For a Duke offense that is struggling to move the ball on the ground, the Tar Heels present a huge challenge. North Carolina's defensive unit is full of top flight athletes and those players have produced for much of the year. North Carolina currently ranks 22nd in the nation in total defense, allowing 327.0 yards per game. The Tar Heels are 14th in rush defense, 22nd in scoring defense and 22nd in pass efficiency defense.
When contrasted with a Duke offense that rushed for a mere 22 yards against the Hokies a week ago, it appears as though the Blue Devils will have a stiff test on their hands. Here are five specific players who can cause Duke trouble...
Top 5 to watch North Carolina Defense
1. LB Kevin Reddick (6-3, 244, Sr.): Reddick could have passed up his senior year and been a high round NFL pick. When the postseason ban was handed down, the senior again reconfirmed his commitment to the Tar Heels. By returning to Chapel Hill, Reddick provided Larry Fedora a preseason All-American and crucial building block in the transformed defense.
Currently listed as the starter at middle linebacker, Reddick is second on the team with 41 tackles and is tied for second on the team with 8.0 tackles for losses. He recorded seven tackles, had 2.5 tackles for losses, assisted on a sack, added a quarterback hurry and broke up two passes in a 48-34 win over Virginia Tech.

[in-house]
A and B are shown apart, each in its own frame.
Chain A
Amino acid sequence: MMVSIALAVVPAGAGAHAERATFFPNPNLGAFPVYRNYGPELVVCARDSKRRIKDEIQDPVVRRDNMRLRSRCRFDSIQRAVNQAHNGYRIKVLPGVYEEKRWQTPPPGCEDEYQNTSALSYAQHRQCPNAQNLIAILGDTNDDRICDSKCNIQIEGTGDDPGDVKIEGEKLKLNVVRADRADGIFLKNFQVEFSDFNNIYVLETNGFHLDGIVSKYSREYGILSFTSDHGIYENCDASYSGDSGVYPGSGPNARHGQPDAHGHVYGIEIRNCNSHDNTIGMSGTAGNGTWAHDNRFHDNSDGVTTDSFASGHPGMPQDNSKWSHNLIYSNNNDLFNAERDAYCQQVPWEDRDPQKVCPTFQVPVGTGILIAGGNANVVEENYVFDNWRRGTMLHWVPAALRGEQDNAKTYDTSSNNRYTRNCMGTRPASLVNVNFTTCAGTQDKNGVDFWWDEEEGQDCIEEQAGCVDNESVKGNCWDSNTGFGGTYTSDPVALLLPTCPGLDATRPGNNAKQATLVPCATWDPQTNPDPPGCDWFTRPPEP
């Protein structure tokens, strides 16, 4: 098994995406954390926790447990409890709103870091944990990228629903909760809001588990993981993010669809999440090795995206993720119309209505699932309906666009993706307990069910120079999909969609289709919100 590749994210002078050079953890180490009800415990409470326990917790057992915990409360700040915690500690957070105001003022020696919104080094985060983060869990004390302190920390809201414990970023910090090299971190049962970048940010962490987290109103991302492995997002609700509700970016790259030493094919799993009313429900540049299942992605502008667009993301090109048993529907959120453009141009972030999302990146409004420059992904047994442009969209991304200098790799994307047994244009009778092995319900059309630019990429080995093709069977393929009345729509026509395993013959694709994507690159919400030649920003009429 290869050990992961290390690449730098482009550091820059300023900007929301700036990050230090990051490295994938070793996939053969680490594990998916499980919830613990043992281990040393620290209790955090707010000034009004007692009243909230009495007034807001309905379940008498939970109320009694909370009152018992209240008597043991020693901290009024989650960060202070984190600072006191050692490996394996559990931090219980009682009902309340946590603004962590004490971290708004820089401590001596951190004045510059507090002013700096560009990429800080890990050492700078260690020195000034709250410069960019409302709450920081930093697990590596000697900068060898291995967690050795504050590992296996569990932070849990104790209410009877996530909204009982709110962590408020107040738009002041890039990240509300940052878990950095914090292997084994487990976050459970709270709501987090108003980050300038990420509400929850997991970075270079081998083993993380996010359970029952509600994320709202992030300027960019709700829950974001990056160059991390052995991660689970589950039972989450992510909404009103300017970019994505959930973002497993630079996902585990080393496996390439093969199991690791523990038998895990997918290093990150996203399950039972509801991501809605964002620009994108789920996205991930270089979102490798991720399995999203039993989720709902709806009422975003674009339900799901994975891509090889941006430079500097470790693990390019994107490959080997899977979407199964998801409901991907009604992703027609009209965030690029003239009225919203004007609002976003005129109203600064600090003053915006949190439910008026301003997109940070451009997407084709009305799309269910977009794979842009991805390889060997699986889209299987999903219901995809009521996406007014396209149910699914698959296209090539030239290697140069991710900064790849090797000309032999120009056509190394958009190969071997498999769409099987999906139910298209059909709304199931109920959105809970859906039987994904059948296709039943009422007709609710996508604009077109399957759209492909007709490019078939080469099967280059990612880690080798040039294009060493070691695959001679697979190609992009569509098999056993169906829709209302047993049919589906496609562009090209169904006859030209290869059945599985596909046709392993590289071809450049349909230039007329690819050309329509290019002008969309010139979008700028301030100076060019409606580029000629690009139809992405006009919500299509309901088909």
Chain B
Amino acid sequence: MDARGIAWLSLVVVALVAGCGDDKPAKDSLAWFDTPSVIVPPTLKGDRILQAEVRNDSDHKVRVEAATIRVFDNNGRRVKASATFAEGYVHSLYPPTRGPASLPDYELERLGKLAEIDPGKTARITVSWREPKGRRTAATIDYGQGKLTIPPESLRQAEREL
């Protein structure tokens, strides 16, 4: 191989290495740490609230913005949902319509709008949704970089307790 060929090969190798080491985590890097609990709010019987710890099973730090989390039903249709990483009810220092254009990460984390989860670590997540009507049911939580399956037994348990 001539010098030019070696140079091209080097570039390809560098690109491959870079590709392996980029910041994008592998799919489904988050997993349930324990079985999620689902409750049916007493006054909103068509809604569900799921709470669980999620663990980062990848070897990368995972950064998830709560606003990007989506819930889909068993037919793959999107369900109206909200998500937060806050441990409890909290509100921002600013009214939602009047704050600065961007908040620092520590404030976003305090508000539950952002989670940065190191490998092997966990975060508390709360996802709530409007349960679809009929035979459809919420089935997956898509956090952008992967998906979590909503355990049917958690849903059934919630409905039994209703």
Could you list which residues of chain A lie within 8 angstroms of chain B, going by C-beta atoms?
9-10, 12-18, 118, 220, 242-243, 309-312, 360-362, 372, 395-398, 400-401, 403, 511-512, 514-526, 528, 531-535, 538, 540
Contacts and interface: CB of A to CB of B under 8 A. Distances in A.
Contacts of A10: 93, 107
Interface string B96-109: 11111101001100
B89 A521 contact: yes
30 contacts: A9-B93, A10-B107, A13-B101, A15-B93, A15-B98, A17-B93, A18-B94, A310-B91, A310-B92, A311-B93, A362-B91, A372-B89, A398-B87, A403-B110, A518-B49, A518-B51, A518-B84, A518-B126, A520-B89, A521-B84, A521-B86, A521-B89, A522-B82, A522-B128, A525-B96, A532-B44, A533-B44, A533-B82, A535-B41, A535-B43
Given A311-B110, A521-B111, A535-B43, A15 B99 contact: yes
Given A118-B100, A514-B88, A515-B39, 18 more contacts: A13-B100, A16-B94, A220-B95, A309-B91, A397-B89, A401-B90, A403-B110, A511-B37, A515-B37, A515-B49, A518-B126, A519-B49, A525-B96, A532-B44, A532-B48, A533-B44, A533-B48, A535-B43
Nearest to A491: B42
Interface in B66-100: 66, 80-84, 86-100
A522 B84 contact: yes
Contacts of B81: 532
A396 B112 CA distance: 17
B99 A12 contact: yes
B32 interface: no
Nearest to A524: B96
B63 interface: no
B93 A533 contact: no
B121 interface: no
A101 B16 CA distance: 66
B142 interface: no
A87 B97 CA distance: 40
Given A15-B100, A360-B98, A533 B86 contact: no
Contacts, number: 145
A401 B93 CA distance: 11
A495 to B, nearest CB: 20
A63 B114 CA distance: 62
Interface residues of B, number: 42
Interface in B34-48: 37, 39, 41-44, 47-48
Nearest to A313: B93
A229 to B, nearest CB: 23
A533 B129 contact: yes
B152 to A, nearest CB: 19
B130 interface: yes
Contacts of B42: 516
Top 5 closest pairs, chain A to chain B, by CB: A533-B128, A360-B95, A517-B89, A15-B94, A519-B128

Reddick is just as good in the passing game as he is defending the run, and his athleticism has been a tremendous asset as Larry Fedora has installed a 4-2-5 scheme. In the 4-2-5, if Duke is able to occupy the front four of the Tar Heels, it'll be a tall order to run past, around, or through a guy like Reddick. Especially given he production levels of the two sides.
2011 v. Duke: 5 tackles and 1 pass breakup.
2. DT Sylvester Williams (6-3, 320, Sr.): Williams is another senior leader who not only declared he would return to Chapel Hill regardless of the post season ban, but also turned down the chance to go as a mid-round draft pick in June. The decision to stick it out for the Tar Heels was expected as Williams had just transferred into the program from the JUCO ranks, by way of Modine Manufacturing Company and Coffeyville Community College in Kansas.
The first season in Chapel Hill was a successful one though he had a well documented battle with conditioning upon making the jump to FBS level competition. Still, he started every game and finished the season with 54 tackles, including seven for losses, and had one interception and three pass breakups. Despite the success, Duke was able to deal with Williams rather easily, limiting him to just one assisted stop.
This year Williams' improved stamina and conditioning has allowed him to become a real threat to opposing passing games. Williams has 18 stops through seven games, but has also recorded eight tackles for loss and five sacks along with three additional quarterback hurries. The Blue Devils have done a good job at protecting Sean Renfree and Anthony Boone for much of the season, but Williams may very well represent their biggest challenge to date.